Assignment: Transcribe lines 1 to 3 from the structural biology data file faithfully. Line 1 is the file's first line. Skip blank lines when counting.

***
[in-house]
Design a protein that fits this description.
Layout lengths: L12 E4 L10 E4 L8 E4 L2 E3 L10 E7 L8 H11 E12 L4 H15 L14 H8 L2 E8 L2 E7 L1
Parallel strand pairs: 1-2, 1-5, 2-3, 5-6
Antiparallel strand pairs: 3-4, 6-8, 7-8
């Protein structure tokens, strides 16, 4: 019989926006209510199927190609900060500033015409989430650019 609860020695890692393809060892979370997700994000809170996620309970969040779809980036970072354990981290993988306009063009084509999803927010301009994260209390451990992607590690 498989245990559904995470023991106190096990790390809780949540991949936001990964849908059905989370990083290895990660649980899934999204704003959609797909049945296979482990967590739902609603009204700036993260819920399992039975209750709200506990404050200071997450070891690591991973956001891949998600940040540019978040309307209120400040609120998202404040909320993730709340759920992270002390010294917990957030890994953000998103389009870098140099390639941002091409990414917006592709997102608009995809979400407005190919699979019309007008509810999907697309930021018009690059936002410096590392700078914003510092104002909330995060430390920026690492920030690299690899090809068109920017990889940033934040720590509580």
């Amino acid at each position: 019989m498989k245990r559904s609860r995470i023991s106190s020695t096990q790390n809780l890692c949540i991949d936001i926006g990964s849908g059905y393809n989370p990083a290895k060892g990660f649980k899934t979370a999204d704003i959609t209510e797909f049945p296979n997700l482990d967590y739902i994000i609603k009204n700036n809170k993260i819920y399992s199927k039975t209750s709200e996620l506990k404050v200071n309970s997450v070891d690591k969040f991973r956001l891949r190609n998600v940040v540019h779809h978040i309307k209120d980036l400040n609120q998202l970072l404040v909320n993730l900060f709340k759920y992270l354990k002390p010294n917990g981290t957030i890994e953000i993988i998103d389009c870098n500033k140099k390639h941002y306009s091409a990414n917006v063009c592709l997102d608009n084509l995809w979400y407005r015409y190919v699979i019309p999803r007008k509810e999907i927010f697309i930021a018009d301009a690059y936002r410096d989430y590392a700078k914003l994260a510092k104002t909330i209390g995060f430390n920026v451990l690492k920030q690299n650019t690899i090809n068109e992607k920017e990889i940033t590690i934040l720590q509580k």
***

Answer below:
[in-house]
Design a protein that fits this description.
Layout lengths: L12 E4 L10 E4 L8 E4 L2 E3 L10 E7 L8 H11 E12 L4 H15 L14 H8 L2 E8 L2 E7 L1